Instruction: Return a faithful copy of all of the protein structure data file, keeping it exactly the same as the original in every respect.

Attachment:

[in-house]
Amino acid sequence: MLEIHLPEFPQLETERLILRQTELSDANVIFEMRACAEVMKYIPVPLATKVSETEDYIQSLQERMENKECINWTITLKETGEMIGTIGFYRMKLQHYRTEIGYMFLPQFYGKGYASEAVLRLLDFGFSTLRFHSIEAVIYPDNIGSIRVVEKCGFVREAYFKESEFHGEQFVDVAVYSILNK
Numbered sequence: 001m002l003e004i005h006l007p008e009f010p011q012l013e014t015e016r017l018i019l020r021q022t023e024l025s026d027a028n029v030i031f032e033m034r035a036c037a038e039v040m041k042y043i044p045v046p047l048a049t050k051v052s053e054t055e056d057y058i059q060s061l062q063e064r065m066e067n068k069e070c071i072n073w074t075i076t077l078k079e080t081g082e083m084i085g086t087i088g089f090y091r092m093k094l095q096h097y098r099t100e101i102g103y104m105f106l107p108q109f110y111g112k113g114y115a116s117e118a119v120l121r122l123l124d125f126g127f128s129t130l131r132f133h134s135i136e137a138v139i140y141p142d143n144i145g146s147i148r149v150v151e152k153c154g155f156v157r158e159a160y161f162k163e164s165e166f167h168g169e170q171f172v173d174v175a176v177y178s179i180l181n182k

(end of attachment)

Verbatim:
[in-house]
Amino acid sequence: MLEIHLPEFPQLETERLILRQTELSDANVIFEMRACAEVMKYIPVPLATKVSETEDYIQSLQERMENKECINWTITLKETGEMIGTIGFYRMKLQHYRTEIGYMFLPQFYGKGYASEAVLRLLDFGFSTLRFHSIEAVIYPDNIGSIRVVEKCGFVREAYFKESEFHGEQFVDVAVYSILNK
Numbered sequence: 001m002l003e004i005h006l007p008e009f010p011q012l013e014t015e016r017l018i019l020r021q022t023e024l025s026d027a028n029v030i031f032e033m034r035a036c037a038e039v040m041k042y043i044p045v046p047l048a049t050k051v052s053e054t055e056d057y058i059q060s061l062q063e064r065m066e067n068k069e070c071i072n073w074t075i076t077l078k079e080t081g082e083m084i085g086t087i088g089f090y091r092m093k094l095q096h097y098r099t100e101i102g103y104m105f106l107p108q109f110y111g112k113g114y115a116s117e118a119v120l121r122l123l124d125f126g127f128s129t130l131r132f133h134s135i136e137a138v139i140y141p142d143n144i145g146s147i148r149v150v151e152k153c154g155f156v157r158e159a160y161f162k163e164s165e166f167h168g169e170q171f172v173d174v175a176v177y178s179i180l181n182k